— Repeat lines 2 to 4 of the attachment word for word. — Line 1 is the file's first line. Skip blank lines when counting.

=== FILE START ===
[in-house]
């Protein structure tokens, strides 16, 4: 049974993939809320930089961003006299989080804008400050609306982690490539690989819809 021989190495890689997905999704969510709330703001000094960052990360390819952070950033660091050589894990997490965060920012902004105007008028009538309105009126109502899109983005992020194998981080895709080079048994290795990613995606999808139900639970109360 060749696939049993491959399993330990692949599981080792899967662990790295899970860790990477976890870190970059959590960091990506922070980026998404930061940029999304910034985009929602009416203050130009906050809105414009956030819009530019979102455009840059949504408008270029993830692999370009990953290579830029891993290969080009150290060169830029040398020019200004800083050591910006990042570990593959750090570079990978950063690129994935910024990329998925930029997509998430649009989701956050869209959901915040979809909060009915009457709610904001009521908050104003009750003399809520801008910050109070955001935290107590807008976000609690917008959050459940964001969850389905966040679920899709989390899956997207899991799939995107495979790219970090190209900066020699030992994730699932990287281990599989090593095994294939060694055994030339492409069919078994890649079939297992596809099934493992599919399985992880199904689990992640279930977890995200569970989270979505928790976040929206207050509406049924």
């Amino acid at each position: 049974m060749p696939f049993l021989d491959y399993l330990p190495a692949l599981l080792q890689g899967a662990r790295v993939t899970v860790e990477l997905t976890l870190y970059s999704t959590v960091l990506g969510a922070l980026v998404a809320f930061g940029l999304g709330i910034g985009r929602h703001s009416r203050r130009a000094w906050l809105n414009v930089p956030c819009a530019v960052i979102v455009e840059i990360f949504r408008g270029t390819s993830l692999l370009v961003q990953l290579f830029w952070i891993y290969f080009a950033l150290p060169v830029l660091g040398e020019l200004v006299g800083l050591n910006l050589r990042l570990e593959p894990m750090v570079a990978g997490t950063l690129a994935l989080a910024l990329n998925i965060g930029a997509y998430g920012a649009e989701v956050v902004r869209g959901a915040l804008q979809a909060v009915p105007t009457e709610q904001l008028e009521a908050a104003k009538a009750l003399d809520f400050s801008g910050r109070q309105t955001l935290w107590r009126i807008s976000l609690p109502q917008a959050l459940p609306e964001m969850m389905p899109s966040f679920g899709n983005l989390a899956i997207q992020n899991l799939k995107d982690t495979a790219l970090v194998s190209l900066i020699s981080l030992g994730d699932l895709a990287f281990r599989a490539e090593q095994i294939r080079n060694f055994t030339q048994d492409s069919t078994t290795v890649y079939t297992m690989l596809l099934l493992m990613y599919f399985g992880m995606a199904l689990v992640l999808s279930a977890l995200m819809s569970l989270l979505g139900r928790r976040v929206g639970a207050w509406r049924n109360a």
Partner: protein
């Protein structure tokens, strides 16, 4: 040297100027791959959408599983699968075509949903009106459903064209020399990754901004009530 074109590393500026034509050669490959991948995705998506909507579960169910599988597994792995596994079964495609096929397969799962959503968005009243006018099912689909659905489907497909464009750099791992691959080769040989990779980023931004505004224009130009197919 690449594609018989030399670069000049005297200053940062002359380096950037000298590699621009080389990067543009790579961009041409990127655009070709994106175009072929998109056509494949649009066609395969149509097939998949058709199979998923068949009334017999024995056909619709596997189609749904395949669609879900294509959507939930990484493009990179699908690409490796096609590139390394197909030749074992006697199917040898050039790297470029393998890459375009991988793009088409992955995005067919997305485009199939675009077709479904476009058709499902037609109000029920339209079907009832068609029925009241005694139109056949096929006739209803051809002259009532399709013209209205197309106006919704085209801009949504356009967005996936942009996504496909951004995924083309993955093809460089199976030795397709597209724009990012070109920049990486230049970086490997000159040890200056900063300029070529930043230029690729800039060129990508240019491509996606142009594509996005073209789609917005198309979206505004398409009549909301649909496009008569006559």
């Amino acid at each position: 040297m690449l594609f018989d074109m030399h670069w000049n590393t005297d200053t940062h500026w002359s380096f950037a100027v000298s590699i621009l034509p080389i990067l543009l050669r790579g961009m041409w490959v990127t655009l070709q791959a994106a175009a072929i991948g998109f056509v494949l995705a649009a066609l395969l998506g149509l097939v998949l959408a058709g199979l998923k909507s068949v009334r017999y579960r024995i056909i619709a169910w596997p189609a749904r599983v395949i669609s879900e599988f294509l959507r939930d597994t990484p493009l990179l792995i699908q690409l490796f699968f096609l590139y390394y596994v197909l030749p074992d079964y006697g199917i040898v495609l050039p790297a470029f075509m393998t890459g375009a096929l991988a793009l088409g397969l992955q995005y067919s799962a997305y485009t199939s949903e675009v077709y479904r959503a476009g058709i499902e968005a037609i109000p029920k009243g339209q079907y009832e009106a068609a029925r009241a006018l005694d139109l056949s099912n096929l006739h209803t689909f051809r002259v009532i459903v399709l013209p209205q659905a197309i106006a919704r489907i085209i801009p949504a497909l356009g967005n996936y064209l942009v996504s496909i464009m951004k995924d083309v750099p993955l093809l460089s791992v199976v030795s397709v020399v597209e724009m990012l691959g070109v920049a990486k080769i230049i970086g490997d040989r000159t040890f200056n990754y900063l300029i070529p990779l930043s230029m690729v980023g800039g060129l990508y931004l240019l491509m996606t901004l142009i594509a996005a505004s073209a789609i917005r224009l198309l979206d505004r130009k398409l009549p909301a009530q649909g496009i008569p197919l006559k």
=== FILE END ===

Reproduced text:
């Protein structure tokens, strides 16, 4: 049974993939809320930089961003006299989080804008400050609306982690490539690989819809 021989190495890689997905999704969510709330703001000094960052990360390819952070950033660091050589894990997490965060920012902004105007008028009538309105009126109502899109983005992020194998981080895709080079048994290795990613995606999808139900639970109360 060749696939049993491959399993330990692949599981080792899967662990790295899970860790990477976890870190970059959590960091990506922070980026998404930061940029999304910034985009929602009416203050130009906050809105414009956030819009530019979102455009840059949504408008270029993830692999370009990953290579830029891993290969080009150290060169830029040398020019200004800083050591910006990042570990593959750090570079990978950063690129994935910024990329998925930029997509998430649009989701956050869209959901915040979809909060009915009457709610904001009521908050104003009750003399809520801008910050109070955001935290107590807008976000609690917008959050459940964001969850389905966040679920899709989390899956997207899991799939995107495979790219970090190209900066020699030992994730699932990287281990599989090593095994294939060694055994030339492409069919078994890649079939297992596809099934493992599919399985992880199904689990992640279930977890995200569970989270979505928790976040929206207050509406049924």
């Amino acid at each position: 049974m060749p696939f049993l021989d491959y399993l330990p190495a692949l599981l080792q890689g899967a662990r790295v993939t899970v860790e990477l997905t976890l870190y970059s999704t959590v960091l990506g969510a922070l980026v998404a809320f930061g940029l999304g709330i910034g985009r929602h703001s009416r203050r130009a000094w906050l809105n414009v930089p956030c819009a530019v960052i979102v455009e840059i990360f949504r408008g270029t390819s993830l692999l370009v961003q990953l290579f830029w952070i891993y290969f080009a950033l150290p060169v830029l660091g040398e020019l200004v006299g800083l050591n910006l050589r990042l570990e593959p894990m750090v570079a990978g997490t950063l690129a994935l989080a910024l990329n998925i965060g930029a997509y998430g920012a649009e989701v956050v902004r869209g959901a915040l804008q979809a909060v009915p105007t009457e709610q904001l008028e009521a908050a104003k009538a009750l003399d809520f400050s801008g910050r109070q309105t955001l935290w107590r009126i807008s976000l609690p109502q917008a959050l459940p609306e964001m969850m389905p899109s966040f679920g899709n983005l989390a899956i997207q992020n899991l799939k995107d982690t495979a790219l970090v194998s190209l900066i020699s981080l030992g994730d699932l895709a990287f281990r599989a490539e090593q095994i294939r080079n060694f055994t030339q048994d492409s069919t078994t290795v890649y079939t297992m690989l596809l099934l493992m990613y599919f399985g992880m995606a199904l689990v992640l999808s279930a977890l995200m819809s569970l989270l979505g139900r928790r976040v929206g639970a207050w509406r049924n109360a």
Partner: protein